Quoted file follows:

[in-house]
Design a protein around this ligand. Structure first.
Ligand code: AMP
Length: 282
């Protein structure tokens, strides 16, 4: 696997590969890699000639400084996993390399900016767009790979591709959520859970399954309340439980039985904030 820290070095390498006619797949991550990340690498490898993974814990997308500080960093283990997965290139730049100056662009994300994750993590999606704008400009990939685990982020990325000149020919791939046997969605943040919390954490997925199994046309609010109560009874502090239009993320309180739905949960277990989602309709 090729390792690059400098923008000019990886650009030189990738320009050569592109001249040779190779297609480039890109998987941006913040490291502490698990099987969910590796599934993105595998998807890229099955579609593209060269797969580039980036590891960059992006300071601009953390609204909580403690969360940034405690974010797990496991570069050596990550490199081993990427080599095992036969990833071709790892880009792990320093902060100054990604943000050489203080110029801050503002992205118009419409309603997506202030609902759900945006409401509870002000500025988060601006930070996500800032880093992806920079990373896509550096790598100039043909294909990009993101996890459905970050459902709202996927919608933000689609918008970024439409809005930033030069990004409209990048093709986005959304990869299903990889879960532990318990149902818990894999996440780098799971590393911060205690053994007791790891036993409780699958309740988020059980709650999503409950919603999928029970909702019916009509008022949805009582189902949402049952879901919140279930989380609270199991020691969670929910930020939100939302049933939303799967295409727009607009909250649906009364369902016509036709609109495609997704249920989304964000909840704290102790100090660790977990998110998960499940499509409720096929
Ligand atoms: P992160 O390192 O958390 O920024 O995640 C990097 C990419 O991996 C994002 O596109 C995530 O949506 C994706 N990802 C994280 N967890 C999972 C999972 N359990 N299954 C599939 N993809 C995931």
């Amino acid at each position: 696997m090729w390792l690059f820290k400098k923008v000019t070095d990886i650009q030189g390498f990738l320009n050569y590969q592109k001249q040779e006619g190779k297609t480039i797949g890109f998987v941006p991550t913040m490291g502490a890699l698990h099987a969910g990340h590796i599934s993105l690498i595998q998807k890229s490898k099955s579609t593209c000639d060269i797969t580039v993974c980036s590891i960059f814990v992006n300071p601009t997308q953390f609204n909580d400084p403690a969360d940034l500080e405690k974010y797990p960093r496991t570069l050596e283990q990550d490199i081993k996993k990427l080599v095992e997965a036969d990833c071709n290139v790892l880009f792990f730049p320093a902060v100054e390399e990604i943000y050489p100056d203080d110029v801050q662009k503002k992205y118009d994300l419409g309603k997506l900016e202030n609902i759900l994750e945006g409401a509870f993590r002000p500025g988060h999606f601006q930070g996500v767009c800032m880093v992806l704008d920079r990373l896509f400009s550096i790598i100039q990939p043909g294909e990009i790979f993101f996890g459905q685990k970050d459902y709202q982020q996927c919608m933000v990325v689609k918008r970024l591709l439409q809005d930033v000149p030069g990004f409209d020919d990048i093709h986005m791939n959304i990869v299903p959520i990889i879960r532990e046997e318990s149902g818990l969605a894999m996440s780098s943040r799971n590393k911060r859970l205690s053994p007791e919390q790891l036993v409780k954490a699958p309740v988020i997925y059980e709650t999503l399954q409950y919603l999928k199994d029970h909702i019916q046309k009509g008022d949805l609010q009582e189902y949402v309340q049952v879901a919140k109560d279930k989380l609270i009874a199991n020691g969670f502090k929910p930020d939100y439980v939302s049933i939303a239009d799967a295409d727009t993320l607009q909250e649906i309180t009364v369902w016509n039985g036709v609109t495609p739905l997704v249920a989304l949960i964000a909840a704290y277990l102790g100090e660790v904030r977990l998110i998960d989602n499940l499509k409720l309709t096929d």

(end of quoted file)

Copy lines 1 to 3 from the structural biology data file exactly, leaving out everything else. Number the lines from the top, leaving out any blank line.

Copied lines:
[in-house]
Design a protein around this ligand. Structure first.
Ligand code: AMP